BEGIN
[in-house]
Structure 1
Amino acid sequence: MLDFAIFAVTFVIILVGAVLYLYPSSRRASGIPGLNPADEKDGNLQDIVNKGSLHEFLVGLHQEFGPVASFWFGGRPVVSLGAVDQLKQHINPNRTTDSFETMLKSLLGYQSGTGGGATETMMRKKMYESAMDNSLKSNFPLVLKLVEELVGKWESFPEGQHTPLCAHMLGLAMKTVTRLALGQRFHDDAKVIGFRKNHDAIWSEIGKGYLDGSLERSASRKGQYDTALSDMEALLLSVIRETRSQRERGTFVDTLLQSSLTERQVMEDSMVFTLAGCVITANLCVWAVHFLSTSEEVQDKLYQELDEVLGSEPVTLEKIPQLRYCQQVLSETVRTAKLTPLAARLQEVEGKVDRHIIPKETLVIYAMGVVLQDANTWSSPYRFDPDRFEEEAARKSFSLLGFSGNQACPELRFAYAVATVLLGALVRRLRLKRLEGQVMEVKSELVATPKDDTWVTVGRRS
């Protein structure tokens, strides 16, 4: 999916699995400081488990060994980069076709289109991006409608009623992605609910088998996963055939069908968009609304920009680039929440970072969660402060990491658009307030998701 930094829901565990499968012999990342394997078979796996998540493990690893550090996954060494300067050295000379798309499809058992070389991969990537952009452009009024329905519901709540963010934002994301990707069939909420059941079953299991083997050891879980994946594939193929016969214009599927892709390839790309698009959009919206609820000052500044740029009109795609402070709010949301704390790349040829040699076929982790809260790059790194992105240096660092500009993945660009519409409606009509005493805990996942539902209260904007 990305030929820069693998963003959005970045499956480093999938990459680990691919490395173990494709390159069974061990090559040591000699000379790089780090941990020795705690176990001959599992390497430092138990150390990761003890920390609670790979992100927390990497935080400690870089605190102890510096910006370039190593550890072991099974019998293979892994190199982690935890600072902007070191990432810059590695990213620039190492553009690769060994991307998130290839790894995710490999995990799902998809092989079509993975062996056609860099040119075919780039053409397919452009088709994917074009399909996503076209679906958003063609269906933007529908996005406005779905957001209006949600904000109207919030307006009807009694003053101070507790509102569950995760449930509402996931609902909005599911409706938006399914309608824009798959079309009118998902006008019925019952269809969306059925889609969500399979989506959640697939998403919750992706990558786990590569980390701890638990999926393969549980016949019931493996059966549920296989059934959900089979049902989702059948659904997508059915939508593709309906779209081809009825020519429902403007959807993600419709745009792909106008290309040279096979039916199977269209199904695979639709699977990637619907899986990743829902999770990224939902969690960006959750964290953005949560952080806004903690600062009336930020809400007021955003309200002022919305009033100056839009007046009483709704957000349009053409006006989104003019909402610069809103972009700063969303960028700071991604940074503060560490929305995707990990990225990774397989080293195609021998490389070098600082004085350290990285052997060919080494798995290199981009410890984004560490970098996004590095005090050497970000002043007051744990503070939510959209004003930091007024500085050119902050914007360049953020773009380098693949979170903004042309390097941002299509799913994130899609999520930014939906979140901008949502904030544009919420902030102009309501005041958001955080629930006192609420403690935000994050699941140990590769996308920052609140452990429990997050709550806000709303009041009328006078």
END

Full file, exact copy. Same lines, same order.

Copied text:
[in-house]
Structure 1
Amino acid sequence: MLDFAIFAVTFVIILVGAVLYLYPSSRRASGIPGLNPADEKDGNLQDIVNKGSLHEFLVGLHQEFGPVASFWFGGRPVVSLGAVDQLKQHINPNRTTDSFETMLKSLLGYQSGTGGGATETMMRKKMYESAMDNSLKSNFPLVLKLVEELVGKWESFPEGQHTPLCAHMLGLAMKTVTRLALGQRFHDDAKVIGFRKNHDAIWSEIGKGYLDGSLERSASRKGQYDTALSDMEALLLSVIRETRSQRERGTFVDTLLQSSLTERQVMEDSMVFTLAGCVITANLCVWAVHFLSTSEEVQDKLYQELDEVLGSEPVTLEKIPQLRYCQQVLSETVRTAKLTPLAARLQEVEGKVDRHIIPKETLVIYAMGVVLQDANTWSSPYRFDPDRFEEEAARKSFSLLGFSGNQACPELRFAYAVATVLLGALVRRLRLKRLEGQVMEVKSELVATPKDDTWVTVGRRS
């Protein structure tokens, strides 16, 4: 999916699995400081488990060994980069076709289109991006409608009623992605609910088998996963055939069908968009609304920009680039929440970072969660402060990491658009307030998701 930094829901565990499968012999990342394997078979796996998540493990690893550090996954060494300067050295000379798309499809058992070389991969990537952009452009009024329905519901709540963010934002994301990707069939909420059941079953299991083997050891879980994946594939193929016969214009599927892709390839790309698009959009919206609820000052500044740029009109795609402070709010949301704390790349040829040699076929982790809260790059790194992105240096660092500009993945660009519409409606009509005493805990996942539902209260904007 990305030929820069693998963003959005970045499956480093999938990459680990691919490395173990494709390159069974061990090559040591000699000379790089780090941990020795705690176990001959599992390497430092138990150390990761003890920390609670790979992100927390990497935080400690870089605190102890510096910006370039190593550890072991099974019998293979892994190199982690935890600072902007070191990432810059590695990213620039190492553009690769060994991307998130290839790894995710490999995990799902998809092989079509993975062996056609860099040119075919780039053409397919452009088709994917074009399909996503076209679906958003063609269906933007529908996005406005779905957001209006949600904000109207919030307006009807009694003053101070507790509102569950995760449930509402996931609902909005599911409706938006399914309608824009798959079309009118998902006008019925019952269809969306059925889609969500399979989506959640697939998403919750992706990558786990590569980390701890638990999926393969549980016949019931493996059966549920296989059934959900089979049902989702059948659904997508059915939508593709309906779209081809009825020519429902403007959807993600419709745009792909106008290309040279096979039916199977269209199904695979639709699977990637619907899986990743829902999770990224939902969690960006959750964290953005949560952080806004903690600062009336930020809400007021955003309200002022919305009033100056839009007046009483709704957000349009053409006006989104003019909402610069809103972009700063969303960028700071991604940074503060560490929305995707990990990225990774397989080293195609021998490389070098600082004085350290990285052997060919080494798995290199981009410890984004560490970098996004590095005090050497970000002043007051744990503070939510959209004003930091007024500085050119902050914007360049953020773009380098693949979170903004042309390097941002299509799913994130899609999520930014939906979140901008949502904030544009919420902030102009309501005041958001955080629930006192609420403690935000994050699941140990590769996308920052609140452990429990997050709550806000709303009041009328006078």